The UK Government has been urged to do more to protect Christians in Nigeria who have come under repeated attacks.
The Government's response came under scrutiny from peers in the House of Lords on Monday, with Baroness Cox warning that it "cannot ignore the chilling signs of the potential genocide in Nigeria".
Baroness Cox is a member of the All-Party Parliamentary Group for International Freedom of Religion or Belief, which published a report in June warning of an "unfolding genocide" against Christians in Nigeria.
Asked about the Government's assessment of the report, foreign and Commonwealth minister Lord Ahmad of Wimbledon said it was the UK Government's policy "not to unilaterally determine whether genocide has occurred, in line with the genocide convention", and that this was rather "a matter for competent courts and tribunals".
He said a formal government response was being prepared that "will emphasise our approach of supporting solutions that tackle the causes of conflict to reduce violence affecting Christian and, indeed, Muslim communities".
"The Government welcome the report and the detailed analysis of complex issues of intercommunal violence and terrorism in Nigeria," he said.
"We condemn all incidents of violence and call on the Nigerian Government to do more to protect victims and hold perpetrators to account."
Peers urged tougher action, however, with Lord Farmer accusing the Government of continuing "to downplay the scale of the suffering endured by Christians in central belt states".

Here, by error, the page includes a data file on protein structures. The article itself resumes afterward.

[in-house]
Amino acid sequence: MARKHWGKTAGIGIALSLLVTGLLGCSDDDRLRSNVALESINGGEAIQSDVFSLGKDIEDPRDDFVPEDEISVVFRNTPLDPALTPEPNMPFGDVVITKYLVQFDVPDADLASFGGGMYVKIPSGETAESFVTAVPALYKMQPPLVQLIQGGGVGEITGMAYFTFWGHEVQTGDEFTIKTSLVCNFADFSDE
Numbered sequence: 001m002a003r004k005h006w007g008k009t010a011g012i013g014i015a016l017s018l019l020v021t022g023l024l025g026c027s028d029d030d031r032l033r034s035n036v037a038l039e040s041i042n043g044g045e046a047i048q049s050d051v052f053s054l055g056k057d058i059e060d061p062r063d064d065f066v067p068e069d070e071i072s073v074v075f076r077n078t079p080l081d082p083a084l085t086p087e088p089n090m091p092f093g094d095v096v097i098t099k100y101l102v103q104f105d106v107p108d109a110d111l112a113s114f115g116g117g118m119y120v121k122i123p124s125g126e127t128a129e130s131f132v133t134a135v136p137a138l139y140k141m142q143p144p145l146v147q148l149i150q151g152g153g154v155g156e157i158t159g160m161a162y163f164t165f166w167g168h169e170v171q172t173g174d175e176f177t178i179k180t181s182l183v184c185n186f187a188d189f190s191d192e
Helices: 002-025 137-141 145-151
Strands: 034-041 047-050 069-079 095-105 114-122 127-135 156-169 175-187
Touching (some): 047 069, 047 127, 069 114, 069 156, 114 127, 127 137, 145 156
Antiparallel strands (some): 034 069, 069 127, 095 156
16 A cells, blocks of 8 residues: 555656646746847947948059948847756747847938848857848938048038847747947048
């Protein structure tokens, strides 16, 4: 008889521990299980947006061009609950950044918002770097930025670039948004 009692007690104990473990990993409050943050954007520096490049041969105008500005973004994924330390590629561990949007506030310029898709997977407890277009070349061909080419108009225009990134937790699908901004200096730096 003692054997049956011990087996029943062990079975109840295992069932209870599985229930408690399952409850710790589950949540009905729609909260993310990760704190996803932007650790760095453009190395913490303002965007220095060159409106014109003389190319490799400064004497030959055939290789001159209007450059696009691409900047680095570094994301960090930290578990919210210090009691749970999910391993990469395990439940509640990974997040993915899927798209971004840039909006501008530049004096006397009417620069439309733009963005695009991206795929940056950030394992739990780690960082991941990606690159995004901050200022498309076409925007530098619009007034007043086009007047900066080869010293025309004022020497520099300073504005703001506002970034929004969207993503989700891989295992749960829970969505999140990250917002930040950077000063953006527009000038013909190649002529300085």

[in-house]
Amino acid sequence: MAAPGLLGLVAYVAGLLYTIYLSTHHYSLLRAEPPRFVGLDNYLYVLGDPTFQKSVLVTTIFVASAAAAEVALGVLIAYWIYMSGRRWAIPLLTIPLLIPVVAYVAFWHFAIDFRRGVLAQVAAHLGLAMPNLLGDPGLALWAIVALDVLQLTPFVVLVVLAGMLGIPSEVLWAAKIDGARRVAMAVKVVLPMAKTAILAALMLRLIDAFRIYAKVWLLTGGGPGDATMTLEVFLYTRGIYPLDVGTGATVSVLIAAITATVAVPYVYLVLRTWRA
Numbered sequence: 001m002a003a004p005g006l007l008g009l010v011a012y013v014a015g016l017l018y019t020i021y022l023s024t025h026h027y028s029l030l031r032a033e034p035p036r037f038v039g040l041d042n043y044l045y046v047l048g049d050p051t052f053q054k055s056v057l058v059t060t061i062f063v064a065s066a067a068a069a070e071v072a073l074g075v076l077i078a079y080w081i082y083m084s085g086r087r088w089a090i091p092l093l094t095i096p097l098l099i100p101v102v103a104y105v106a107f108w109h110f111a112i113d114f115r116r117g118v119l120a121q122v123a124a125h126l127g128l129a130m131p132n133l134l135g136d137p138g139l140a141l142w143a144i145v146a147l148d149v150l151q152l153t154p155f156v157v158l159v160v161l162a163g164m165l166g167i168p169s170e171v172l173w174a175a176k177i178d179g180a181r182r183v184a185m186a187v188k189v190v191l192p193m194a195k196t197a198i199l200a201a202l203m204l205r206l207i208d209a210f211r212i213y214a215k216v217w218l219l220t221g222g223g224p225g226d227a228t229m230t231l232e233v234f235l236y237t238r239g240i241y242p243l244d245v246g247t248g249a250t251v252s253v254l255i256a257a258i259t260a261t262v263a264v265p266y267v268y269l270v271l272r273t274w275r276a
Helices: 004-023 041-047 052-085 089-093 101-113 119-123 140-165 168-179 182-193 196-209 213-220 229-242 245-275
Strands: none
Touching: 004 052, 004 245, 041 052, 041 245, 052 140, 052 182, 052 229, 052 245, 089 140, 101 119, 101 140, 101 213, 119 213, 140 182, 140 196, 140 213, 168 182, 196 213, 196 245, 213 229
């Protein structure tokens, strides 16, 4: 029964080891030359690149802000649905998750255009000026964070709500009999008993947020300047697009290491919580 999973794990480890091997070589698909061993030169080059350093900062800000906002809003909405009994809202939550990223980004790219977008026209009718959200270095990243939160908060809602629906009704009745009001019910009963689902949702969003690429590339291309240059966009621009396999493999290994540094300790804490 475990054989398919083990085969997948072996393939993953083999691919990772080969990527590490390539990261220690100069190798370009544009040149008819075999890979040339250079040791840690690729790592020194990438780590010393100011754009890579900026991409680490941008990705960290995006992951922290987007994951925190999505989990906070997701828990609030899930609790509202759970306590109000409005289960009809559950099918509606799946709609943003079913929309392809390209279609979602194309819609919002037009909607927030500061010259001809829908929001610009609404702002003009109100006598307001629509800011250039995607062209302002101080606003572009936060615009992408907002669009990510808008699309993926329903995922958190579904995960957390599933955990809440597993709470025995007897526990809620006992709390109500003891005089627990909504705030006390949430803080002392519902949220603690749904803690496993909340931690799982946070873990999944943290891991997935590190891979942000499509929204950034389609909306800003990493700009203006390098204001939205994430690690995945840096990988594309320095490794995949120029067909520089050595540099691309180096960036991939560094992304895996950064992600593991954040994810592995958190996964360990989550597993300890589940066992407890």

He cited an official government report from 2019 which said that attacks by Fulani herders were "a consequence of population growth", and "land and water disputes".
Lord Farmer continued: "This does not reflect the reality on the ground, identified by local observers as a campaign of ethno-religious cleansing."
He urged the UK Government to "revisit the characterisation of this violence to acknowledge the significance of the perpetrators' ferocious ideology".
Baroness Cox, who has met with survivors of attacks in Nigeria, made a similar call for action.
"Given the escalation, frequency, brutality and asymmetry of such attacks on Christian communities—and, indeed, Muslims—is it not time to give greater effect to our obligations as a signatory to the 1948 genocide convention and our duty to protect?" she said.
Responding to their concerns, Lord Ahmad said that the conflict in Nigeria was being "exploited by those divisive voices who erroneously use religion to divide people".
"We will continue to condemn all acts of violence, particularly those against Christians and other communities in Nigeria and, indeed, elsewhere," he added.